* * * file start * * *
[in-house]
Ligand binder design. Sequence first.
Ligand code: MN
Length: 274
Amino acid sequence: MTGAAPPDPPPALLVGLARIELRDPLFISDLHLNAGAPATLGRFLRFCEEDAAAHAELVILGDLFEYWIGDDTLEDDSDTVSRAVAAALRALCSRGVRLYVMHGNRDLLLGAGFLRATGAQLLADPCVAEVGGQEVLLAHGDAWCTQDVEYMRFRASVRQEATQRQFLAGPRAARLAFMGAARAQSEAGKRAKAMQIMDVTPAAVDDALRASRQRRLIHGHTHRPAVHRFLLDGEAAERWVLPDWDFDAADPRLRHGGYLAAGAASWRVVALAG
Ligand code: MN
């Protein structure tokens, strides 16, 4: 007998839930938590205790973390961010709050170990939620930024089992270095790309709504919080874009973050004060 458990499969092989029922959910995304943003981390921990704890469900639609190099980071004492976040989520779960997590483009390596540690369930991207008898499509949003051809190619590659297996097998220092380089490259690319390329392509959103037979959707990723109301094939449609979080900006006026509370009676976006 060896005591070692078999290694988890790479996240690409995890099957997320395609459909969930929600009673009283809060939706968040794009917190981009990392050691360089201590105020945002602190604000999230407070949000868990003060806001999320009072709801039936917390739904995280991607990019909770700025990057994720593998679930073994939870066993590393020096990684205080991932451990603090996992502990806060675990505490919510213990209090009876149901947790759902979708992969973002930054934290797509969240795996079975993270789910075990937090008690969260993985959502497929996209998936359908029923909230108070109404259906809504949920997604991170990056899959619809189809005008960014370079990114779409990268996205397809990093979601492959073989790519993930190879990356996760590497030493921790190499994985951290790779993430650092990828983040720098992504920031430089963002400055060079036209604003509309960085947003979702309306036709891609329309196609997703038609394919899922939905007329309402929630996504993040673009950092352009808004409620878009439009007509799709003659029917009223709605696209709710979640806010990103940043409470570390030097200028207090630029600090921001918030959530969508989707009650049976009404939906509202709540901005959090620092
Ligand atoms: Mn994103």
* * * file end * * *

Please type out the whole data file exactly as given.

[in-house]
Ligand binder design. Sequence first.
Ligand code: MN
Length: 274
Amino acid sequence: MTGAAPPDPPPALLVGLARIELRDPLFISDLHLNAGAPATLGRFLRFCEEDAAAHAELVILGDLFEYWIGDDTLEDDSDTVSRAVAAALRALCSRGVRLYVMHGNRDLLLGAGFLRATGAQLLADPCVAEVGGQEVLLAHGDAWCTQDVEYMRFRASVRQEATQRQFLAGPRAARLAFMGAARAQSEAGKRAKAMQIMDVTPAAVDDALRASRQRRLIHGHTHRPAVHRFLLDGEAAERWVLPDWDFDAADPRLRHGGYLAAGAASWRVVALAG
Ligand code: MN
């Protein structure tokens, strides 16, 4: 007998839930938590205790973390961010709050170990939620930024089992270095790309709504919080874009973050004060 458990499969092989029922959910995304943003981390921990704890469900639609190099980071004492976040989520779960997590483009390596540690369930991207008898499509949003051809190619590659297996097998220092380089490259690319390329392509959103037979959707990723109301094939449609979080900006006026509370009676976006 060896005591070692078999290694988890790479996240690409995890099957997320395609459909969930929600009673009283809060939706968040794009917190981009990392050691360089201590105020945002602190604000999230407070949000868990003060806001999320009072709801039936917390739904995280991607990019909770700025990057994720593998679930073994939870066993590393020096990684205080991932451990603090996992502990806060675990505490919510213990209090009876149901947790759902979708992969973002930054934290797509969240795996079975993270789910075990937090008690969260993985959502497929996209998936359908029923909230108070109404259906809504949920997604991170990056899959619809189809005008960014370079990114779409990268996205397809990093979601492959073989790519993930190879990356996760590497030493921790190499994985951290790779993430650092990828983040720098992504920031430089963002400055060079036209604003509309960085947003979702309306036709891609329309196609997703038609394919899922939905007329309402929630996504993040673009950092352009808004409620878009439009007509799709003659029917009223709605696209709710979640806010990103940043409470570390030097200028207090630029600090921001918030959530969508989707009650049976009404939906509202709540901005959090620092
Ligand atoms: Mn994103």